Enterprise Architecture Matters

Adrian Grigoriu

The enterprise architecture code of ethics dilemma

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The aim of the whole endeavour would be the enablement of an institution that runs the membership for the EA profession and the enforcement, in some shape or form, of the code of ethics. In principle that sounds good but, in practice, is it?

To start with, without  proper enforcement, this ethical organization may end up encouraging the unethical because, while the ethical professional would prefer to operate as before, without any additional burden, the unethical would freely join without fear of repercussions.
This will have adverse impacts on the EA community, by attracting even more wrong candidates that would take advantage of the pomp around the EA while going for their own agendas. They may even end up as the dominant voice in EA.
On the other hand, the enforcement of the code may cost more than it benefits us all. 

Hence, before any action is taken, it is important for such ethics organizations to make public their agendas explaining how the code would be enacted and how would that benefit us all and what would be the costs for professionals, clients and all parties involved

In any case, is EA itself so critical to the enterprise or sufficiently mature to require a code of ethics? After all, enterprises have existed for millennia without EA, in any case, long before the advent of EA. 

And, for now at least, the EA profession is so poorly defined and agreed upon that almost anyone can claim to be an EA professional by invoking a self serving interpretation of the EA. It works because, included under the claims of EA today are disciplines as disparate as software development, IT applications, infrastructure, business models and modelling, business consulting, change and transformation management, strategy... and who knows what else people may claim EA is.

But if an organization that is determined to enforce an EA code of ethics cannot even determine what an EA architect really does and as such, establish the criteria of admission to its EA membership, how can it claim then that it represents the EA profession at all? Is this even ethical for an organization that protects the ethics? 
Perhaps, for now, such an organization should narrow down its membership scope to more and specific disciplines rather than encompass them all under a sweeping EA profession.

Moreover, because it cannot establish who is an EA architect, it just declares that it doesn't matter. See thread "The CAEAP has a premable, oath, and code of conduct" - requires membership I believe. Then, almost any claimant would be accredited as an ethical EA architect even if the chance is that he is not even an EA architect. 
Moreover, such a code of ethics organization that acts without a means of discrimination between so many types of enterprise professionals, may bring the profession into further disrepute because it appears that it does guarantee EA professionalism not only ethics, while it doesn't.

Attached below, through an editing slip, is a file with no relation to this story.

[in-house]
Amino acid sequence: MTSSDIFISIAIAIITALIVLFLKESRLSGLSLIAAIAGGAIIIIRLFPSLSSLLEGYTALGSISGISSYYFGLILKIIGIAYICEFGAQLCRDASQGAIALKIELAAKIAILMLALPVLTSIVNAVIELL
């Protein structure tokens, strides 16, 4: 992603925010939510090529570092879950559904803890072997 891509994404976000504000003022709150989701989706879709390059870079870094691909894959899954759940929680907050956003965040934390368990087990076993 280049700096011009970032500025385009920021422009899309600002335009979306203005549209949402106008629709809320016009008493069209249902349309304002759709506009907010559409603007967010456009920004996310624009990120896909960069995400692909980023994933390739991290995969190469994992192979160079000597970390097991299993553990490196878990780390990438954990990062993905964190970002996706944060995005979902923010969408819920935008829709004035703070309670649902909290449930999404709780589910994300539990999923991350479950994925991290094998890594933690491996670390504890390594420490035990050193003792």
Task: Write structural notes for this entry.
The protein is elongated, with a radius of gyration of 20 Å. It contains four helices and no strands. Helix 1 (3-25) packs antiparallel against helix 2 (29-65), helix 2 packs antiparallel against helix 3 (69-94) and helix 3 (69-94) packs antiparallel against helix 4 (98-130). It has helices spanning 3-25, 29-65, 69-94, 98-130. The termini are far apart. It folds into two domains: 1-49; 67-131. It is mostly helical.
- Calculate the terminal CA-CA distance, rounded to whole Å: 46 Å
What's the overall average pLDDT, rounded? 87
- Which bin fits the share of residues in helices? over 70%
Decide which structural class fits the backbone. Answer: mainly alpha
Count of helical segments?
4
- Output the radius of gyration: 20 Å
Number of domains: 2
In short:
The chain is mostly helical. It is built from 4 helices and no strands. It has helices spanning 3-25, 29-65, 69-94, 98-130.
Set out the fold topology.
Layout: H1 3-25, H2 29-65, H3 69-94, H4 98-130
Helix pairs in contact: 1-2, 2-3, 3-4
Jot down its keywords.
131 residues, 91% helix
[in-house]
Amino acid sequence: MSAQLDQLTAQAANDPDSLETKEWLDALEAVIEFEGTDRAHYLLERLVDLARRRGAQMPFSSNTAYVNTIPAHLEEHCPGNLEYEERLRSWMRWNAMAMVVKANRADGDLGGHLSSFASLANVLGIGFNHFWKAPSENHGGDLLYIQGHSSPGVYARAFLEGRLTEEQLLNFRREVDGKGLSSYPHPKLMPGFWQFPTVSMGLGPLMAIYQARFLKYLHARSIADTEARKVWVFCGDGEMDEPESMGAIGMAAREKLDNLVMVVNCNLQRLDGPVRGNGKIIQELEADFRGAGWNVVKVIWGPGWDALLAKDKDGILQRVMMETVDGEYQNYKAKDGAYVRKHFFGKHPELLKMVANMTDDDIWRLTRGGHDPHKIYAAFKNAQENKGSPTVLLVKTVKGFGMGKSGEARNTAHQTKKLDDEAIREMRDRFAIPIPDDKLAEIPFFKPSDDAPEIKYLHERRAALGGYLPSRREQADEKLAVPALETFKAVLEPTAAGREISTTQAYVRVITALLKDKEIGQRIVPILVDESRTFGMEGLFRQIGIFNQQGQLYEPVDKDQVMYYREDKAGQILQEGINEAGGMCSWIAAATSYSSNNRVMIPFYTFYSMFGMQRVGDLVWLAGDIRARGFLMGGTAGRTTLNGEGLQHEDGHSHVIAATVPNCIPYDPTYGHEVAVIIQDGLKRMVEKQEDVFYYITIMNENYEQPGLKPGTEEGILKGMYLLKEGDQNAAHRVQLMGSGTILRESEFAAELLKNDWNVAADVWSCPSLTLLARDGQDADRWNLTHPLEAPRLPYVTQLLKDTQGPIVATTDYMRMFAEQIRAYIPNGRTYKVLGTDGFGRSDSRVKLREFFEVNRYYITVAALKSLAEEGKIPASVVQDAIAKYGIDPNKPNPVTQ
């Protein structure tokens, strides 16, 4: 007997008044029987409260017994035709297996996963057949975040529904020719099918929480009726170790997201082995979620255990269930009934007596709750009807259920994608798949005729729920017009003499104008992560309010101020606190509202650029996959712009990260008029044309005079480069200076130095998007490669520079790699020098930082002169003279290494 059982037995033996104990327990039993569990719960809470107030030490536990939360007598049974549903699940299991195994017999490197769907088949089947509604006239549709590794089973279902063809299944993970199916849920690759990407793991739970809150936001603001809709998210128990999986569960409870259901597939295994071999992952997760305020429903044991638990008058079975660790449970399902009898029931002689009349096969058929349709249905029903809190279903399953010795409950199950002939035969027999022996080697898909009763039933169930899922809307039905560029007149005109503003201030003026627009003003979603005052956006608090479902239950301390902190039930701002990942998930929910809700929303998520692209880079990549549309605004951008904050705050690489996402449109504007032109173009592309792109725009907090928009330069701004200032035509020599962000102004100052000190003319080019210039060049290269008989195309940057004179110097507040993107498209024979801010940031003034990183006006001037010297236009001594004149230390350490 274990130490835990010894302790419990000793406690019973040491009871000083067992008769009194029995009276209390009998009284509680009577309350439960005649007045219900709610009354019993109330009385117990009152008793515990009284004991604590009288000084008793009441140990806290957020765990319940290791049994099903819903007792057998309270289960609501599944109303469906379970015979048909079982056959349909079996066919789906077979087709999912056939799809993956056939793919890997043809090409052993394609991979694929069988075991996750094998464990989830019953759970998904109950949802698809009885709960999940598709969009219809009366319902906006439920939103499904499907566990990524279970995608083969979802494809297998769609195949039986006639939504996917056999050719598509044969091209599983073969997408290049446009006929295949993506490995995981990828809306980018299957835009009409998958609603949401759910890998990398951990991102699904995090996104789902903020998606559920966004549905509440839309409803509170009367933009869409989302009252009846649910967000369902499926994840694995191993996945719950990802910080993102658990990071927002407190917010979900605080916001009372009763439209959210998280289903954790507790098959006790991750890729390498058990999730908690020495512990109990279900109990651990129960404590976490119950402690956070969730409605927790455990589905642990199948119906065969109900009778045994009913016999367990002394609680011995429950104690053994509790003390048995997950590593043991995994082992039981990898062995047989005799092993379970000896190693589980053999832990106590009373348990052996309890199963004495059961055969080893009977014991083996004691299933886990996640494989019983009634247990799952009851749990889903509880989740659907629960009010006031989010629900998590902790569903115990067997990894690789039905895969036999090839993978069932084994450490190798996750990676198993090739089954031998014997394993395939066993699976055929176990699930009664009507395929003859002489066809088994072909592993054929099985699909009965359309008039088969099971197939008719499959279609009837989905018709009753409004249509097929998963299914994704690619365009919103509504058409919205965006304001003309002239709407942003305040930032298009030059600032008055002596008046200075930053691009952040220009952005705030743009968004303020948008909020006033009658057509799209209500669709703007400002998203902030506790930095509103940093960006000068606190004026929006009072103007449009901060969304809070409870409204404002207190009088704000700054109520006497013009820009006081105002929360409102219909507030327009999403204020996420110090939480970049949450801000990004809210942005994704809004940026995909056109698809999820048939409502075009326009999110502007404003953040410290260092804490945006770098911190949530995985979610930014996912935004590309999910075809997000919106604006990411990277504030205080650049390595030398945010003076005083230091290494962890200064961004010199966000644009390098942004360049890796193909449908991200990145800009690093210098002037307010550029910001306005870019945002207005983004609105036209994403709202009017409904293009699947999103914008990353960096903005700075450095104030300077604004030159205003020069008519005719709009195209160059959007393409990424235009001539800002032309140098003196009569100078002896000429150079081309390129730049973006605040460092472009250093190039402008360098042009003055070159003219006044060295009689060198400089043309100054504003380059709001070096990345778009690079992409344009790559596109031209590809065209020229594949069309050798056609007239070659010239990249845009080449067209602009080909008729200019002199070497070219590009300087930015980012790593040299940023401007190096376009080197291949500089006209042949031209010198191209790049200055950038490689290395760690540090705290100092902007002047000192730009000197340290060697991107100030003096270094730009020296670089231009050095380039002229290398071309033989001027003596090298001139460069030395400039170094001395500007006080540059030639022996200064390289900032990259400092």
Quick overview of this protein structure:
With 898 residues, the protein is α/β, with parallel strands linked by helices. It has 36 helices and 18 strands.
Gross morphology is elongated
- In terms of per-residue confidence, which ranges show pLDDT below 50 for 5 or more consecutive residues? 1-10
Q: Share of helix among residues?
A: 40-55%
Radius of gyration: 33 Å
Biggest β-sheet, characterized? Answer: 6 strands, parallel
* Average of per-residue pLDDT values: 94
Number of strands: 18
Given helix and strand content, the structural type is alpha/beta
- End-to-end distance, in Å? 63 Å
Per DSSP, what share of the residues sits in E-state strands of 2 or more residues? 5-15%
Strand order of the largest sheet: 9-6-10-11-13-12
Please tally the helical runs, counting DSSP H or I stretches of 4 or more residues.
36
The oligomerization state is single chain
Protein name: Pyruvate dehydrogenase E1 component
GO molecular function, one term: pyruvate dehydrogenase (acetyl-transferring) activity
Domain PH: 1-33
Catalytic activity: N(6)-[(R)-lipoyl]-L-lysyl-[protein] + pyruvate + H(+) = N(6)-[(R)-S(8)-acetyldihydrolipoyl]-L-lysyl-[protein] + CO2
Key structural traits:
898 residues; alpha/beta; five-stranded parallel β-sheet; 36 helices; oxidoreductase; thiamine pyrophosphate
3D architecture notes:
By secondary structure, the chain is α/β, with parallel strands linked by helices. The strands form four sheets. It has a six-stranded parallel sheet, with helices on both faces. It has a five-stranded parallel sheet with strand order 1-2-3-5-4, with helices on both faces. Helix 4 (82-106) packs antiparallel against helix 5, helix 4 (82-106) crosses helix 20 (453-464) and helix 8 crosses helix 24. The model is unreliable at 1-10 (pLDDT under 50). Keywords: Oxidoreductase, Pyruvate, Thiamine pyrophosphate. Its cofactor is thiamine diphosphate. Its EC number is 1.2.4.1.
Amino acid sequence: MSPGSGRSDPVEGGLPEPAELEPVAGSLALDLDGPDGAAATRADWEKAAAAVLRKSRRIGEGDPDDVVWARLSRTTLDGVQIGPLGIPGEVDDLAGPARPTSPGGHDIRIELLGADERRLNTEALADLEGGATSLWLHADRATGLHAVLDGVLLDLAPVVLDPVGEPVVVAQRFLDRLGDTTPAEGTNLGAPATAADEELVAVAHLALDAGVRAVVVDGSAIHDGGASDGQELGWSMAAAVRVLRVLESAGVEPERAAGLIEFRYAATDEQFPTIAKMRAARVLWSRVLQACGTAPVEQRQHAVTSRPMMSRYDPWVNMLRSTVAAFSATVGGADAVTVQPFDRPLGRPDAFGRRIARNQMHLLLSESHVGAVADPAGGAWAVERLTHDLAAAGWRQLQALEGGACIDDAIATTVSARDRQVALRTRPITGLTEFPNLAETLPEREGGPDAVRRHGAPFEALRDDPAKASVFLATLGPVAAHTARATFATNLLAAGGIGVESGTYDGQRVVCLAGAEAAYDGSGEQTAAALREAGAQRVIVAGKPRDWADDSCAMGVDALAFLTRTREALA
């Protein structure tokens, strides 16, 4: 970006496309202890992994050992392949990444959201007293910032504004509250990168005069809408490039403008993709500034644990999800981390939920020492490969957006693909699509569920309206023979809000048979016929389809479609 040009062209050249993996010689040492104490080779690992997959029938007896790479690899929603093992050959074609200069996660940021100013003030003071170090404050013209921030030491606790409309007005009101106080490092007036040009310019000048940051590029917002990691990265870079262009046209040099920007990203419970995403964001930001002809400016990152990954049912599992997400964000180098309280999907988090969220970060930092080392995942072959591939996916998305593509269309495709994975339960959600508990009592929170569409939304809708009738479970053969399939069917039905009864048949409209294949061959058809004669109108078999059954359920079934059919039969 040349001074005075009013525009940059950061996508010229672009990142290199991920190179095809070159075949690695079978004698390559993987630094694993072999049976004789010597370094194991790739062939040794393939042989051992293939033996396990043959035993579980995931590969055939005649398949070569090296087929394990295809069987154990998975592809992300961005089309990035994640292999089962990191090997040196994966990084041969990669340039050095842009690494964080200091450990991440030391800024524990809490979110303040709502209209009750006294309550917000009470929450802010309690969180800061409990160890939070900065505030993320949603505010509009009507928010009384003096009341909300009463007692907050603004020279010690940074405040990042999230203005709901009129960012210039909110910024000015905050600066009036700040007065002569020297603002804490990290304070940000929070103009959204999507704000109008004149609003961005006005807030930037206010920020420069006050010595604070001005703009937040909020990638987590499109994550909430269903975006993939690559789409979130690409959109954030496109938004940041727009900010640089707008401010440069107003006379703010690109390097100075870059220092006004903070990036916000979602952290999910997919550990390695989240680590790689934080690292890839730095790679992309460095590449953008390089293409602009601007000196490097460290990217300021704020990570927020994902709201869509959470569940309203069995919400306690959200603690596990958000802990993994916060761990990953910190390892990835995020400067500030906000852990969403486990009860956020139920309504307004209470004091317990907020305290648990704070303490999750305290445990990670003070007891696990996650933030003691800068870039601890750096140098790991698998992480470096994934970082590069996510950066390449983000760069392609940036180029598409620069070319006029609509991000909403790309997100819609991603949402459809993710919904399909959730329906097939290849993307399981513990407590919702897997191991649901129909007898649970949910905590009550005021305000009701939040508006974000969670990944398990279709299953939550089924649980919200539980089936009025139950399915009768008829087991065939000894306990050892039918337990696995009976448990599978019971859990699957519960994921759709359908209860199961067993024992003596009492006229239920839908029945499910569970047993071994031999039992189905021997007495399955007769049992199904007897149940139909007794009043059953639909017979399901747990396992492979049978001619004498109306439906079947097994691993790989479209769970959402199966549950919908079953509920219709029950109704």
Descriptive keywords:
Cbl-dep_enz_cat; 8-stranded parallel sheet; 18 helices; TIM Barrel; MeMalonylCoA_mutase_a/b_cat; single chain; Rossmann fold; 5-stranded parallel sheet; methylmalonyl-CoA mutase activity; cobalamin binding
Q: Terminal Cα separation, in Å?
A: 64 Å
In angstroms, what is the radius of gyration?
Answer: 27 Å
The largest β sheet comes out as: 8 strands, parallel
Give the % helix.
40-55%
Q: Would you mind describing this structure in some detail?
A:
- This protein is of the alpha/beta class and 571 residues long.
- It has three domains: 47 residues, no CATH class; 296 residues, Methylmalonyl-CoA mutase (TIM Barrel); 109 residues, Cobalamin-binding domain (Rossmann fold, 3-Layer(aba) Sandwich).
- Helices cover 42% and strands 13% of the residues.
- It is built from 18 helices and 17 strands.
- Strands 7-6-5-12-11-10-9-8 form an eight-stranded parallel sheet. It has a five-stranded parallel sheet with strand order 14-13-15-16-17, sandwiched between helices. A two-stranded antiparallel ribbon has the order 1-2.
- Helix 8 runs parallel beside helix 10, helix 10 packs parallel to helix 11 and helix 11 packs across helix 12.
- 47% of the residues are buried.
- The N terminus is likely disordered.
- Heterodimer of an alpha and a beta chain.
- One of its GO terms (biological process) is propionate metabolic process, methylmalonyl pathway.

The big problem for all of us is that, if such an organisation turns strong enough to take enough control of the recruiting market, we may have to join, pay and play by its rules to be able to profess at all.  
Because if you don't join, you may be accused of wishing "to reserve the right to behave unethically" as I was blamed in this thread before this organization has even defined its code of ethics and operation. And not by the organization itself but by one of its early joiners, aiming low with the ethics stick.

Now, does EA warrant a code of ethics and associated organization to guard the entry to the profession? 
Not in my view, not at this stage, at least because it may serve more the interest of the ethical society rather than that of the EA community, no matter how hard some try to make it appear otherwise. And it should not happen anyway before there is consensus on what EA is and does. 

Anyway, such an organization should be the result of market demand rather than be enforced as it happens now. Having jumped at an apparently good cause, this organization may cause a lot of grief later on for all of us
Anyway, the good old detective question "cui bono" may solve the dilemma.

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Very great information. We can get many important information here. Thanks for this informative posting.

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Adrian Grigoriu blogs about everything relating to enterprise and business architecture, SOA, frameworks, design, planning, execution, organization and related issues.

Adrian Grigoriu

Adrian is an executive consultant in enterprise architecture, former head of enterprise architecture at Ofcom, the spectrum and broadcasting U.K. regulatory agency and chief architect at TM Forum, an organization providing a reference integrated business architecture framework, best practices and standards for the telecommunications and digital media industries. He also was a high technology, enterprise architecture and strategy senior manager at Accenture and Vodafone, and a principal consultant and lead architect at Qantas, Logica, Lucent Bell Labs and Nokia. He is the author of two books on enterprise architecture development available on Kindle and published articles with BPTrends, the Microsoft Architecture Journal and the EI magazine. Shortlisted by Computer Weekly for the IT Industry blogger of the year 2011.

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